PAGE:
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A couple of points not covered here: first, the exorbitant prices for single fish cited are always a ceremonial purchase of the first fish of the season, bought at auction in Japan as a sign of prestige, in what is effectively a PR stunt for the buyer. Noteworthy to be sure, but it’s false to leave the impression that any given tuna at market can be a million dollar fish.

Second: while the two populations are biologically very similar, if not identical, there is a major difference between population status of Pacific bluefin, which the author correctly cites as being at 2.5-3% of its biomass, and Atlantic bluefin, which, while still depleted, is not in as dire condition. Its international management body, the International Commission on Conservation of Atlantic Tunas, has actually taken fairly effective (though not perfect by any means) steps toward science-based catch limits and enforcement. We need its Pacific counterpart to step up now.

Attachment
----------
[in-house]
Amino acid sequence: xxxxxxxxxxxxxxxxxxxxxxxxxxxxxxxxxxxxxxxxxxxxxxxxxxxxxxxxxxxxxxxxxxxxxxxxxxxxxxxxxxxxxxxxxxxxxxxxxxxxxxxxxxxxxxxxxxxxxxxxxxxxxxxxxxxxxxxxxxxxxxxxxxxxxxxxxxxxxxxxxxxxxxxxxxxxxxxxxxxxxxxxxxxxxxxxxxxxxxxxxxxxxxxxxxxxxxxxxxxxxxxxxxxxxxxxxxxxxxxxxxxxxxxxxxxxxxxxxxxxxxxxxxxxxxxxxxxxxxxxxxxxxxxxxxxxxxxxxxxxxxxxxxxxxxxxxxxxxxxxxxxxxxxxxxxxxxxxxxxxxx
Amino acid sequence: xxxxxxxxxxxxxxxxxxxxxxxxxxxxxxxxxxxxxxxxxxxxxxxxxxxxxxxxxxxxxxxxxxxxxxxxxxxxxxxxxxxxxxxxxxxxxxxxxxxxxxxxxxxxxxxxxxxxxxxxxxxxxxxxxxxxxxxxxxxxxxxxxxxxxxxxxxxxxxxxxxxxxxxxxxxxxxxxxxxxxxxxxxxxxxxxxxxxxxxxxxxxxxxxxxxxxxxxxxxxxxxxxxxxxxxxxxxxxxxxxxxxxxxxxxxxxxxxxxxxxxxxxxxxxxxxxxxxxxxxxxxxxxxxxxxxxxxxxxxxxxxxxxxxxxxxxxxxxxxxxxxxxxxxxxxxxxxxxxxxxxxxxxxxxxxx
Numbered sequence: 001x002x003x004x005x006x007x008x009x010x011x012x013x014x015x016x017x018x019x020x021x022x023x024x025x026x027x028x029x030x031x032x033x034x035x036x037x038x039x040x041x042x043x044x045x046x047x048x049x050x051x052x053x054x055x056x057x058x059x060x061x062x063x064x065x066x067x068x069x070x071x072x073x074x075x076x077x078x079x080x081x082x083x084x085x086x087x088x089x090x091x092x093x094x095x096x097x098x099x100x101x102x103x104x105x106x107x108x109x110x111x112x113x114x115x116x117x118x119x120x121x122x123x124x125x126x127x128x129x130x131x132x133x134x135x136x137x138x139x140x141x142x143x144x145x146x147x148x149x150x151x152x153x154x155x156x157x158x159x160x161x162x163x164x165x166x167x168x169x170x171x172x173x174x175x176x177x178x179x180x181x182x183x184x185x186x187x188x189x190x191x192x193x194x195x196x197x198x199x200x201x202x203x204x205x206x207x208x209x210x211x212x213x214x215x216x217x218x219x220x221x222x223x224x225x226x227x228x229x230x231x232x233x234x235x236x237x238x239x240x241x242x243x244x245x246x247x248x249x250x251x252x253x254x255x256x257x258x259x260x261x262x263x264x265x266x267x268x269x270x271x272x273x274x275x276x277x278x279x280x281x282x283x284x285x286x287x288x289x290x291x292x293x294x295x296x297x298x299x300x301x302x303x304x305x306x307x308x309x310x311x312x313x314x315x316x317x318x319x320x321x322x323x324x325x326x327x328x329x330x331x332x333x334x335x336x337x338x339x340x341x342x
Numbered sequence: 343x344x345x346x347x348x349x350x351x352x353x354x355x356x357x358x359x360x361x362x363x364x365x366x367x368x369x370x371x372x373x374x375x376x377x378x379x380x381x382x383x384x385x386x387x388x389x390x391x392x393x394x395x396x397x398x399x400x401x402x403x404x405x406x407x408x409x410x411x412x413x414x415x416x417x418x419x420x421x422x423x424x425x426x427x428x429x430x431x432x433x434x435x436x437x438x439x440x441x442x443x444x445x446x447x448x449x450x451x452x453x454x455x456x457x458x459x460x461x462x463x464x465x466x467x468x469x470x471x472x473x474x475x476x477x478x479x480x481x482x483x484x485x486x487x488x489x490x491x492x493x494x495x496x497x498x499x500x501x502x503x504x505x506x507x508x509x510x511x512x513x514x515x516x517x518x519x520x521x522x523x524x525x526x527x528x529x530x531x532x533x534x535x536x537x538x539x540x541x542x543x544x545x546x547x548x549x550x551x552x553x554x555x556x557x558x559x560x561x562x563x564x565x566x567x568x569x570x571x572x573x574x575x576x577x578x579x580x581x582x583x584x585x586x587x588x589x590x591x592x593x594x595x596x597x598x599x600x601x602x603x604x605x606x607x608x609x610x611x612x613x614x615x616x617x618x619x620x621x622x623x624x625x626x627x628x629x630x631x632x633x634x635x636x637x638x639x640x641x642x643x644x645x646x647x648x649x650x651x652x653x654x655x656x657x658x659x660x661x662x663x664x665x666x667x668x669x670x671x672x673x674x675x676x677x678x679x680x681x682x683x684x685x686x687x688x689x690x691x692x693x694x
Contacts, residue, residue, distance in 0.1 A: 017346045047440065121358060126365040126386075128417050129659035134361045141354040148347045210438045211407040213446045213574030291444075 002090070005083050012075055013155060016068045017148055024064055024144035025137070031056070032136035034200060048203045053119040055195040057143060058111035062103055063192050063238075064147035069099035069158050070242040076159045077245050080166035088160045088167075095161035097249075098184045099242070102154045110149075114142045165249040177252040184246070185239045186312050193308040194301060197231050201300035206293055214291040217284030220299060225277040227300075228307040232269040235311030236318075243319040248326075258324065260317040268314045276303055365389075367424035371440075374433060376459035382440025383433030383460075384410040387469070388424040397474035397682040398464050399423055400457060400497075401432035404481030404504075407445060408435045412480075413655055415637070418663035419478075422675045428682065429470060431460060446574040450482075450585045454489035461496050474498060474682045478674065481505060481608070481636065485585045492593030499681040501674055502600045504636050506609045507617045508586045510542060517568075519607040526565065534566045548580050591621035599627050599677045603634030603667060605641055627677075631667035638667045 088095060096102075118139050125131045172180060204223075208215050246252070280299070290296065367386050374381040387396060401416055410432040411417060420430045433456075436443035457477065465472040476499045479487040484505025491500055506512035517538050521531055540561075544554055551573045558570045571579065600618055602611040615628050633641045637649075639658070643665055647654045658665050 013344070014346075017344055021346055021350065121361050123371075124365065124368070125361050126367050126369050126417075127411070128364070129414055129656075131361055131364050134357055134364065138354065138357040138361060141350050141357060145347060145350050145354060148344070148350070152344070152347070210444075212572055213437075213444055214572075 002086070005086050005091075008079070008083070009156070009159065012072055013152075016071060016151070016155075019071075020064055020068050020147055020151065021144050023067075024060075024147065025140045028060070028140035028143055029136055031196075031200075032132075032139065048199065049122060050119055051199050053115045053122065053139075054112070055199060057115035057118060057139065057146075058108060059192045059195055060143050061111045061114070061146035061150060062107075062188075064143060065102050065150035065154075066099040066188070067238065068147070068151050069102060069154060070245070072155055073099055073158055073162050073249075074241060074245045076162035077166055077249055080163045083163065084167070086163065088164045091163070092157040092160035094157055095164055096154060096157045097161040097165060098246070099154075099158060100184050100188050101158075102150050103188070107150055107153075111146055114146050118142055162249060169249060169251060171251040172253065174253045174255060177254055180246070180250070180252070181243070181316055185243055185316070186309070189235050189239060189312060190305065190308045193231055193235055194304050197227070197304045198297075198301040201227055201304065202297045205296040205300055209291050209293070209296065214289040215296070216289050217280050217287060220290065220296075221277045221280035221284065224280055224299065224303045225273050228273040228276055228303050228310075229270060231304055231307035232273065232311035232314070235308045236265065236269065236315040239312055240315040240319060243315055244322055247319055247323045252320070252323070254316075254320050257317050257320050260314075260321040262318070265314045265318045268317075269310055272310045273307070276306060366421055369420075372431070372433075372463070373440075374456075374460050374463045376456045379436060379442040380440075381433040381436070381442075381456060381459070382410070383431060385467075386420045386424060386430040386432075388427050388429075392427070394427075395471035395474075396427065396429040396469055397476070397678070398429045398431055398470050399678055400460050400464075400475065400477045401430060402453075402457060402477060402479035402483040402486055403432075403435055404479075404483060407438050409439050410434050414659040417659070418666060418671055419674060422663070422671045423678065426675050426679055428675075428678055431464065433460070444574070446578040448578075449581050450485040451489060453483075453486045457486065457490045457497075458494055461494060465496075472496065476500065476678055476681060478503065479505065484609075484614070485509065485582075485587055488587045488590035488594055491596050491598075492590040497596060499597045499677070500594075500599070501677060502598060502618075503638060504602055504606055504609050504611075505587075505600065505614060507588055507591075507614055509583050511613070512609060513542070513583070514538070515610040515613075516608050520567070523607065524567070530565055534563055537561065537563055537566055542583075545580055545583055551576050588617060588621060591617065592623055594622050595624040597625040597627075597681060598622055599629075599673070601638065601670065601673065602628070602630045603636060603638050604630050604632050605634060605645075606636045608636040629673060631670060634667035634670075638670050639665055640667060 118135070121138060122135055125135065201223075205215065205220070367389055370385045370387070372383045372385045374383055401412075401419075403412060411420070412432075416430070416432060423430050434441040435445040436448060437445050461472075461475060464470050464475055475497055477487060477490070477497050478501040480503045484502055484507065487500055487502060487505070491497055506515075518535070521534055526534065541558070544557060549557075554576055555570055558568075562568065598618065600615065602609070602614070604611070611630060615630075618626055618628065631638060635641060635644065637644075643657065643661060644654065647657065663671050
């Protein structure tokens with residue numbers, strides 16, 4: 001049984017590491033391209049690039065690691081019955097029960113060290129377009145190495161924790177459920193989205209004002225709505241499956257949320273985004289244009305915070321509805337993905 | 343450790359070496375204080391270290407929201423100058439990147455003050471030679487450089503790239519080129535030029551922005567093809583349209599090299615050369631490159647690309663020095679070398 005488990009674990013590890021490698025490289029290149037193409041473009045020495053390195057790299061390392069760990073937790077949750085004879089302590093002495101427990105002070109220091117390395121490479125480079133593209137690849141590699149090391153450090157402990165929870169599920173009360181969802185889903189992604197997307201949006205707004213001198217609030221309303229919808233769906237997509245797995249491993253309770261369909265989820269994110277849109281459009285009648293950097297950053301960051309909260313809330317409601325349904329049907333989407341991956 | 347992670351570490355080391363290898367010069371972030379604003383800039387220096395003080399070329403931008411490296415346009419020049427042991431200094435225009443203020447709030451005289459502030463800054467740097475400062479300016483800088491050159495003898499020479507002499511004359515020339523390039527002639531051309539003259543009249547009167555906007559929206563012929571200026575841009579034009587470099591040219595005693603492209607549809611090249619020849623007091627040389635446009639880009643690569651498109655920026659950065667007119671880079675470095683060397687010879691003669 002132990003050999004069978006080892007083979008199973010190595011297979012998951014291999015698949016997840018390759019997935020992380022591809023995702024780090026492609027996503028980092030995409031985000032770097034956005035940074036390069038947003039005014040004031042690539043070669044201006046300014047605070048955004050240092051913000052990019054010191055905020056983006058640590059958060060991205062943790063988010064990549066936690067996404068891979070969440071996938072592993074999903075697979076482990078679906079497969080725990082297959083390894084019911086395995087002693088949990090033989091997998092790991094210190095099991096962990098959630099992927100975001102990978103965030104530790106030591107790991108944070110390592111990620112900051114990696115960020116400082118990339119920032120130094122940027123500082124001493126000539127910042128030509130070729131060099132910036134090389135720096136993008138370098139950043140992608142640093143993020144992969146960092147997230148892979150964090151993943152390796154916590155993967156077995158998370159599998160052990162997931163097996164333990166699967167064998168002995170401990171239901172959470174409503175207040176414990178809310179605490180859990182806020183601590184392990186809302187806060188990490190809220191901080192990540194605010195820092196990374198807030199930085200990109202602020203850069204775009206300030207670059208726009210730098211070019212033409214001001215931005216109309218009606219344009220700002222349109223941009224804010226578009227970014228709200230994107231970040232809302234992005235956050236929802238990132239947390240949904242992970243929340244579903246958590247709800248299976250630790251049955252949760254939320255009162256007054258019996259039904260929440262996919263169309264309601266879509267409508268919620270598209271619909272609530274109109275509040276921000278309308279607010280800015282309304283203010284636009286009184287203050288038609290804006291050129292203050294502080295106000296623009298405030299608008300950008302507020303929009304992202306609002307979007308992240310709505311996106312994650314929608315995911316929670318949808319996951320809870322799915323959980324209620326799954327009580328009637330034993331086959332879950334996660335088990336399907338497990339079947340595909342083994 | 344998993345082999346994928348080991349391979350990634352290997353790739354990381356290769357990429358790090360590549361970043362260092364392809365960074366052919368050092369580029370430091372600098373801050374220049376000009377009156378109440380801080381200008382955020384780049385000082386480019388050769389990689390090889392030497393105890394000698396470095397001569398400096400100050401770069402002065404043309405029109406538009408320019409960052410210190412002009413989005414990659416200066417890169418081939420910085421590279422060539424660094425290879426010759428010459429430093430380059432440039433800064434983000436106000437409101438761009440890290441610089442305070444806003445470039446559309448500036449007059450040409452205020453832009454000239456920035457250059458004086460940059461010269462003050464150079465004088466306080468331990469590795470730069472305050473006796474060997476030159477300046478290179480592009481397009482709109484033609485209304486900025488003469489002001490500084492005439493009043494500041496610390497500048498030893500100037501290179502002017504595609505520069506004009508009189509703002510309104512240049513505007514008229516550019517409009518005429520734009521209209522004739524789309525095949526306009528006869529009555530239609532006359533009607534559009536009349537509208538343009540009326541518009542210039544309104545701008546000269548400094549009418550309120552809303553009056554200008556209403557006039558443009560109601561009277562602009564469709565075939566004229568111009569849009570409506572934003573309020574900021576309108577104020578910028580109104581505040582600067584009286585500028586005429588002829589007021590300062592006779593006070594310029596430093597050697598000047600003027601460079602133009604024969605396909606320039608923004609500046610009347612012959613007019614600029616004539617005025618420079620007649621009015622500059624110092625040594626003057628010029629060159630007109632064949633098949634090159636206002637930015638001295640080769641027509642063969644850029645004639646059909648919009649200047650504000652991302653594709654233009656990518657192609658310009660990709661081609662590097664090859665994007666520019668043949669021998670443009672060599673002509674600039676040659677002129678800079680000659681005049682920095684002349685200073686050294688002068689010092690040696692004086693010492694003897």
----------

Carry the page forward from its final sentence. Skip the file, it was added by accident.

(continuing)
Bluefin is a perfect example of the “who fishes matters” principle. A tuna caught by someone like Ralph Wilkins, quoted in the lede paragraph, or a harpooner (yes, Atlantic bluefin are still caught one at a time by harpoon in New England) carries an entirely different sustainability price tag than one ranched in the Mediterranean or purse seined or long-line caught in the Pacific.

Blanket boycotts may be simple, but they have unintended consequences. Instead, be an informed consumer, and target what makes sense, not what makes a good campaign slogan.

For more, see this piece I wrote for the Center for American Progress back in 2012:

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